Latinamerica Press / September 28, 1995
By Larry Luxner
ASUNCION, Paraguay -- President Juan Carlos Wasmosy recently appointed Cristina Muñoz chief of Paraguay's Secretaría de la Mujer, a cabinet position that deals with women's issues. Muñoz, 36, is an economist by profession and the only woman on the ruling Partido Colorado's executive committee. In an interview in Asunción, Muñoz spoke about the difficulties facing women in Paraguay, one of South America's poorest countries.
Q: What is your office's specific objective?
A: The Secretaría de la Mujer is a government agency that came about after many years of struggle by Paraguayan women from all over the country. On Sept. 12, 1992, the Poder Ejecutivo passed Law No. 34, which created the ministry. This law clearly defines our mission, which is "to participate in the development and execution of public policies that will eliminate discrimination against women and to promote equal opportunities that result in the further democratization of our society."
Nearly 40 people work in this ministry, mostly women. We have a budget of around $1 million. In a short time, we've been able to do quite a lot.
Q: Is there a feminist or women's movement as such in Paraguay, and if so, when did it begin?
A: From 1865 to 1870, the War of the Triple Alliance [against Argentina, Brazil and Uruguay] exterminated almost all the men, and the women had to assume the reconstruc-tion of the country. The story is that for every man there were seven women. We not only faced the challenge of repopulating the country but also reactivating it economically. Yet history never appreciated our contribution.
Q: Since the end of the Stroessner dictatorship in 1989, have conditions generally improved for Paraguayan women?
A: In the last few years, there's been a political opening, and there have been significant advances in a legal sense, including a new constitution that recognizes all the rights of women. We are changing the laws to reflect this. For the first time, we are incorporating the gender component in public policy.
Q: What are the major problems facing women in Paraguay?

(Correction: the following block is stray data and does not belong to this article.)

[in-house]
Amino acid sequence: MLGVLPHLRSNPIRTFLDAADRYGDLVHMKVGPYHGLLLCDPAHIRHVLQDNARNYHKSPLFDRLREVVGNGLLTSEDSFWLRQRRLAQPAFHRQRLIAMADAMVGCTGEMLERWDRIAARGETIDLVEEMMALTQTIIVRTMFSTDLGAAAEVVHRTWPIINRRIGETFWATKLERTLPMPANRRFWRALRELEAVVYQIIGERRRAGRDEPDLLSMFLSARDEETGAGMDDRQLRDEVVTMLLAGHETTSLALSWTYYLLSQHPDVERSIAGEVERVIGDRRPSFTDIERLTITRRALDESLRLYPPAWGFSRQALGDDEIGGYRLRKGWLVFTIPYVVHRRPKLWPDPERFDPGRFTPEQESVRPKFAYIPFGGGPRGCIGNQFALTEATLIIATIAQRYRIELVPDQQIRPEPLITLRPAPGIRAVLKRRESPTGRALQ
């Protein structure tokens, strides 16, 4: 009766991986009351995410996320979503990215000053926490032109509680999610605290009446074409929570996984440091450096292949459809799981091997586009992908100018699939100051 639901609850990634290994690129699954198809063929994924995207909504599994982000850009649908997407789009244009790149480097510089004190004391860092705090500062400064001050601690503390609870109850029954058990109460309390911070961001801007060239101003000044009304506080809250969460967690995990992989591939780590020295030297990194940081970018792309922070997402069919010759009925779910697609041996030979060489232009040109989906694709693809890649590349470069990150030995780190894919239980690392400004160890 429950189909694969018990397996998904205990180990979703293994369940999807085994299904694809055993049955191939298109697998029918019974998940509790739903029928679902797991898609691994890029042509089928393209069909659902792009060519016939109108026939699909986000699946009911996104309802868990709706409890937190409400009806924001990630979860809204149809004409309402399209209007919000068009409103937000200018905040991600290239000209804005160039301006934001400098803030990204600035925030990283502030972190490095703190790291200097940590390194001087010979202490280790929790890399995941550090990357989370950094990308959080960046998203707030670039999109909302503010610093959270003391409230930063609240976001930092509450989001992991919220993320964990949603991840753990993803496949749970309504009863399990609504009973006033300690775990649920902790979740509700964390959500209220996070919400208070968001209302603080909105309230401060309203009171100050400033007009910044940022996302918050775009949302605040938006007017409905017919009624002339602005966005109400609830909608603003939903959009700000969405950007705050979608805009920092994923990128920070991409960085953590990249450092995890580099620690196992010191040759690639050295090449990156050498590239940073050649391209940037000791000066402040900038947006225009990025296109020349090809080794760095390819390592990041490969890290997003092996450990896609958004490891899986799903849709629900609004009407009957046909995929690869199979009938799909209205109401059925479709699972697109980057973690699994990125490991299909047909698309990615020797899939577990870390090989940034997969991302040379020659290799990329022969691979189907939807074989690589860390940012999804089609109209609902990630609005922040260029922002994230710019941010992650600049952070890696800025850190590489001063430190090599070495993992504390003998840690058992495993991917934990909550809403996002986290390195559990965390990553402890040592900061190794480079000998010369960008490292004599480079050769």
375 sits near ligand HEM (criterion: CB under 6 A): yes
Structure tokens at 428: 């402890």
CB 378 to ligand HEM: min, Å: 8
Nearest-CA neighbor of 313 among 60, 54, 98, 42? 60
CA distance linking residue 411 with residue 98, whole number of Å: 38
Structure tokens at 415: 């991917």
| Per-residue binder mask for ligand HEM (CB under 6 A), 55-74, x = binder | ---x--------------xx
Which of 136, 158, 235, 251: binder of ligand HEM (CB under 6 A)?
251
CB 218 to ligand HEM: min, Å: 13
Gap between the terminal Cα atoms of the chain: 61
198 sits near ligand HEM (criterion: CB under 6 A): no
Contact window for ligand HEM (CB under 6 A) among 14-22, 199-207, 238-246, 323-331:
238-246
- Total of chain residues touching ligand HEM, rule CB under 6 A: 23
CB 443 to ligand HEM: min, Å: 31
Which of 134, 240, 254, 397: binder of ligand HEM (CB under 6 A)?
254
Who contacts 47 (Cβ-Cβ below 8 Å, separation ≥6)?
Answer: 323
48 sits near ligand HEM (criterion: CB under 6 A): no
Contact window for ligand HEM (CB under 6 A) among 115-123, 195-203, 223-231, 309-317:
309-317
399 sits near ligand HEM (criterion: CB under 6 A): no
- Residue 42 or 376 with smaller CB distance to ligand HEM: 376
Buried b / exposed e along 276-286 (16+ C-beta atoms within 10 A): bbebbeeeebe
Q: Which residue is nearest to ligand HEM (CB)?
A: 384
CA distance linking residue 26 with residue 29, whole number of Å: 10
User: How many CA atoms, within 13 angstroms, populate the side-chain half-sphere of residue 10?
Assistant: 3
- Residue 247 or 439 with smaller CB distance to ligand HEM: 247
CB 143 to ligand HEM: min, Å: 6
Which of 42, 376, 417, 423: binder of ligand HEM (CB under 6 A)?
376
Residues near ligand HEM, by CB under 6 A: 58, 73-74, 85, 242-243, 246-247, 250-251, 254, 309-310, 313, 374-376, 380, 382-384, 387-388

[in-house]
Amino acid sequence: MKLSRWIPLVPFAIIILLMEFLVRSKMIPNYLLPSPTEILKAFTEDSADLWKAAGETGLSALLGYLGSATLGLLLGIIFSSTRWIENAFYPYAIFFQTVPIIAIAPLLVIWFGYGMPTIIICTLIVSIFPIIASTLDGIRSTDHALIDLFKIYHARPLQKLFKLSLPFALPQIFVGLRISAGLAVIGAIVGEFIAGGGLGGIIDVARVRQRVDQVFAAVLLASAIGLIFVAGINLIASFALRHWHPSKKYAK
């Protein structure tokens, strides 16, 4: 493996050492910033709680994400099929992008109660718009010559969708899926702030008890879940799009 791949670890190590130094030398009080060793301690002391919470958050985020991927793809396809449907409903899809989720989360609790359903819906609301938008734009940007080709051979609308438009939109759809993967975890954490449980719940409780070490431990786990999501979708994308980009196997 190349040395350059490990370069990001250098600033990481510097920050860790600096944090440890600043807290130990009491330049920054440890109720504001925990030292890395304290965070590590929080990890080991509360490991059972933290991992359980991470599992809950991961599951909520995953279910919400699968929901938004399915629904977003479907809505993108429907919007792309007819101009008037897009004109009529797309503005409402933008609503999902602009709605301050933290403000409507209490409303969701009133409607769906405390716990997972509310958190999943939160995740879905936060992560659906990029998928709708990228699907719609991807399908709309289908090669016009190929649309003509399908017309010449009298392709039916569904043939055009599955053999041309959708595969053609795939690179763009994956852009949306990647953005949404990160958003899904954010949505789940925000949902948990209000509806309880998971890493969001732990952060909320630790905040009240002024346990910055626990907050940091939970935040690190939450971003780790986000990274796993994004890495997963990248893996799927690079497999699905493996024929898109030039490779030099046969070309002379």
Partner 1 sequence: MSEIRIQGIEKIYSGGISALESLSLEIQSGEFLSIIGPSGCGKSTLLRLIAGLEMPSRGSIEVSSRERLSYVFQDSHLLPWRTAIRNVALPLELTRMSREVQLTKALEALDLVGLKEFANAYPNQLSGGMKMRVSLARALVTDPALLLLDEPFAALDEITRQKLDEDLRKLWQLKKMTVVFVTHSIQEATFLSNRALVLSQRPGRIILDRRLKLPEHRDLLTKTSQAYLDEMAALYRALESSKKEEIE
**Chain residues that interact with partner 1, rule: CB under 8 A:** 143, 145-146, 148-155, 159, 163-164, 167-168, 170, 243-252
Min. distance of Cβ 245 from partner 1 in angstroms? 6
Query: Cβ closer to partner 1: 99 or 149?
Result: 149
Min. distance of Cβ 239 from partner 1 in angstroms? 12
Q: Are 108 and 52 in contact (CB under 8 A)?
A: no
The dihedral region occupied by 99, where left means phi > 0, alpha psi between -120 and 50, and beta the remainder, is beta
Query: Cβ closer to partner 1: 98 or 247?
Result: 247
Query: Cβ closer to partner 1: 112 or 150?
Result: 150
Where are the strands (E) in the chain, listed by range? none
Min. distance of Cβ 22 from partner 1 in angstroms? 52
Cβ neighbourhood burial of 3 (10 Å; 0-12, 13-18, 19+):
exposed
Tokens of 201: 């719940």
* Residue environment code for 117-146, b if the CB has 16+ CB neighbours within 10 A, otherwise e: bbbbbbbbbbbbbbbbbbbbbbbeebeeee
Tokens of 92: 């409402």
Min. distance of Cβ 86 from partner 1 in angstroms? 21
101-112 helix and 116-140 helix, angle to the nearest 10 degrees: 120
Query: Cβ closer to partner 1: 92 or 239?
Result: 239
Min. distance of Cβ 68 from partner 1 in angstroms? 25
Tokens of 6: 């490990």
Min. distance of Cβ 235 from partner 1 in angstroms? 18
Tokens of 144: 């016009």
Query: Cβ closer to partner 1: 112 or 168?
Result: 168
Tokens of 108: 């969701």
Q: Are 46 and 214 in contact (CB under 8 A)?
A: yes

A: Domestic violence, women's health and illiteracy. More than 23% of Paraguayan women can't read or write, compared to 19% for men. Prostitution and AIDS are big problems. We also have a very high rate of infant mortality. It's gone down substantially in the last 20 years, but it still remains high. Our birth rate is 32.8 per thousand, and the average Paraguayan woman has six kids [translating into a growth rate of 3.1% a year]. At this rate, our population will double by 2027.
Q: Yet abortion is still against the law in Paraguay. Why?
A: The Catholic Church is still very powerful, and abortion is illegal in all cases. For this reason, there are many clandestine abortions. The problem, however, isn't the prohibition, but the lack of information. My personal opinion is that the way to combat abortion is an adequate education and access to health coverage, and a good family planning program.
Q: Have any women actually been prosecuted for having abortions?
A: The penalty for abortion is a theme we don't touch directly, because the legislature is dealing with it. But women's groups are working to change this law. In Uruguay, for example, abortions are allowed to save a mother's life.
Q: A number of press reports have surfaced about Paraguay's role in "international adoptions" and trafficking in stolen children. What's your opinion on this?
A: I don't have a problem with international adoptions, only the way it's being done in some cases. With judicial reform, this will be clarified.